Intro Section 1
Section 2
Section 3
Section 4
Section 5
Section 6
Section 7
Section 8
Section 9
Section 10
Section 11
Jan-May 1947
Section 12
May-Nov 1947
Section 13
Dec 1947-April 1948
Section 14
Evacuation 1948
Stand Down
July 1948

Pages in Section 11

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The Bombing of Haifa Police Station

i. Dov Gruner's Trial

ii. Haifa Police Station Bombed

iii. Bombing of the Jewish Press Office

iv. The Beginning of the End

v. Op Polly

vi. Executions and a Funeral

vii. Irgun Frees Acre Prisoners

KingswayAfter the death sentence had been imposed on Dov Gruener, the Stern Gang attacked the Northern District Police Compound behind the Khayat Building on Kingsway in Haifa.

Preparation for the outrage began in Tel Aviv on Saturday 11th January 1947 when a group of men dressed in British Palestine Police uniforms kidnapped the civilian driver of a 2.5 ton RAF truck. The following afternoon, shortly after five, a man dressed as a policeman drove the truck into the police compound in Haifa. Amongst other things the compound included the HQ of the Northern Palestine police District, a billet for 200 men in the five storey Khayet building, the police club, and the cable and wireless building. The driver parked the car outside the police canteen. A supernumerary police constable on guard noticed a burning fuse protruding from it and challenged the driver who jumped from the vehicle and fled. The guard fired five shots at him. When the man reached the gate leading from the compound to Kingsway, another guard fired, but his gun jammed and the terrorist escaped into the street, where he disappeared in the crowd near the "Egged" bus station.

Some three minutes later, with the evacuation of the compound underway, the bomb exploded with such terrific force that the blast was felt as far away as Hadar Hacarmel. Immediately, flames sprang up in the Police Club and an adjoining building, and all fire brigades in the city area rushed to fight the blaze.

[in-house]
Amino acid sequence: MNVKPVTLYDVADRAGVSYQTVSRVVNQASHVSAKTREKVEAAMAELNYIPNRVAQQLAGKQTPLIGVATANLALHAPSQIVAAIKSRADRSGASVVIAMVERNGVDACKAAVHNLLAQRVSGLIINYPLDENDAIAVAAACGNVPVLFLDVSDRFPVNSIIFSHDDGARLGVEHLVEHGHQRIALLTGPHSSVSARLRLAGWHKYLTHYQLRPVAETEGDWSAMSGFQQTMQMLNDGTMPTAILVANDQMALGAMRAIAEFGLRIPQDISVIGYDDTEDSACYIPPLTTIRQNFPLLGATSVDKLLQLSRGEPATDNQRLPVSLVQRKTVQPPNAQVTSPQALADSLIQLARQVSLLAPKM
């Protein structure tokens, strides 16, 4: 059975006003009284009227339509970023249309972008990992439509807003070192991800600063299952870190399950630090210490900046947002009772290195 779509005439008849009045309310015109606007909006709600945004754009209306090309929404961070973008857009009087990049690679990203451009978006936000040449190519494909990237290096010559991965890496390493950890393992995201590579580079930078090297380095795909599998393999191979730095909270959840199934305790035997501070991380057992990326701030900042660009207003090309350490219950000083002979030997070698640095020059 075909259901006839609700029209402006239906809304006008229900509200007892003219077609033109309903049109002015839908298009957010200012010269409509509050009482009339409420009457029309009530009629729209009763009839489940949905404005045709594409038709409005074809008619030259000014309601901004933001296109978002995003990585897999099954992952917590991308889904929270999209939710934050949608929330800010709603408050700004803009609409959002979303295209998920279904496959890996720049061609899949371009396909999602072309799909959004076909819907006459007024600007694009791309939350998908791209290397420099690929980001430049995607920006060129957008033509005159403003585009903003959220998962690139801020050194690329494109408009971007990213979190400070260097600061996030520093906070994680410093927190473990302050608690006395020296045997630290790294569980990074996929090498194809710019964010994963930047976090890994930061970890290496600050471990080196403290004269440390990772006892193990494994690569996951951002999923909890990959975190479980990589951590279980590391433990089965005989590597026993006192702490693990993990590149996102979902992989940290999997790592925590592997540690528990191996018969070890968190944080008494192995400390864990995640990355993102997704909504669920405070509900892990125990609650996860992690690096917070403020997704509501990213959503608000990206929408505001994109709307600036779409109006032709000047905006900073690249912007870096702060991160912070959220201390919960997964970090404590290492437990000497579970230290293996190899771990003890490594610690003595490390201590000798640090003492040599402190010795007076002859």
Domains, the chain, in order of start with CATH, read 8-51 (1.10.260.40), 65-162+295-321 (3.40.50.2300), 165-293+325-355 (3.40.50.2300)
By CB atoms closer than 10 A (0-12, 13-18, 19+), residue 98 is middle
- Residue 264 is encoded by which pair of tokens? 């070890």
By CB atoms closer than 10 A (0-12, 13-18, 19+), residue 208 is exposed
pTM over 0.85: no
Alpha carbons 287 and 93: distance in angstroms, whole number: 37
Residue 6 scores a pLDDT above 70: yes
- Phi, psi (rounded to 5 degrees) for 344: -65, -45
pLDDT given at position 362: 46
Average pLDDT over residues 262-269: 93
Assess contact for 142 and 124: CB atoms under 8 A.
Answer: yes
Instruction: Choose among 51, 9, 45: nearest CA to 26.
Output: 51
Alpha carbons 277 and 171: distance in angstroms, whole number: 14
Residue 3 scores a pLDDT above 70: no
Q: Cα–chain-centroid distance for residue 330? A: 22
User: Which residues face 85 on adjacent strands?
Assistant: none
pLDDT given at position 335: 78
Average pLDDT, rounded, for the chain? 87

Wrecckage of District Police HQThe eastern section of the building which had contained billets and the Officers Mess was completely wrecked. The inner walls of the District Police H.Q. collapsed. Almost every window in the compound shattered.

From another section facing Jaffa Road, a block of concrete weighing at least two tons fell. Everyone still on site when the bomb exploded was deafened so orders couldn't be carried out. Visual signals couldn't be seen through dust and smoke.

Two British constables, Gordon Morgan and John Edward Ballentyne, and two Arab Temporary Additional Constables died; in addition, two British constables received life-threatening wounds, seven more were seriously wounded, and three suffered shock. Fifty Palestinian T.A.C's were injured.

Not just police were affected; many Jewish and Arab Civilians were also injured, most by flying glass, while many more suffered shock. All Haifa's available ambulances were called out to help. Around 50 people were taken to the Government Hospital, while eight were treated at the Rothschild Hospital. The Red Shield Society treated eighteen persons for cuts.

The streets of the city for almost a mile around were strewn inches deep with shattered glass. Furniture in flats and offices in neighbouring blocks was smashed. Many telephone lines were cut, the cable service was interrupted,electricity failed.

As night fell, rescue workers laboured by the light of two searchlights brought from Mount Carmel.

The loss in the area's civilian buildings in the area was estimated at several thousand pounds. In one block on Jaffa Road, 24 shops had their plate-glass shattered, and on the north side of Kingsway, out of 30 shops there, only two had their windows intact.

Provisional police headquarters were set up for the day at Cafe Edmond, on Kingsway and Khayat Street. The C.I.D. billets were moved to police premises on Mt Carmel.

Members of the Stern Gang informed newspaper offices in Tel Aviv that they were responsible for the bomb and that all their members involved in the attack had escaped unscathed.

A strange thing about this act of terrorism is that, in the UK, apart from 'The Times", very few newspapers reported it, although this may well have been the world's first car bomb. It certainly preceded the Ben Yehuda Street bombing of 1947 which some people claim as the first car bomb.

Op Polly    

Text - Copyright British Palestine Police Association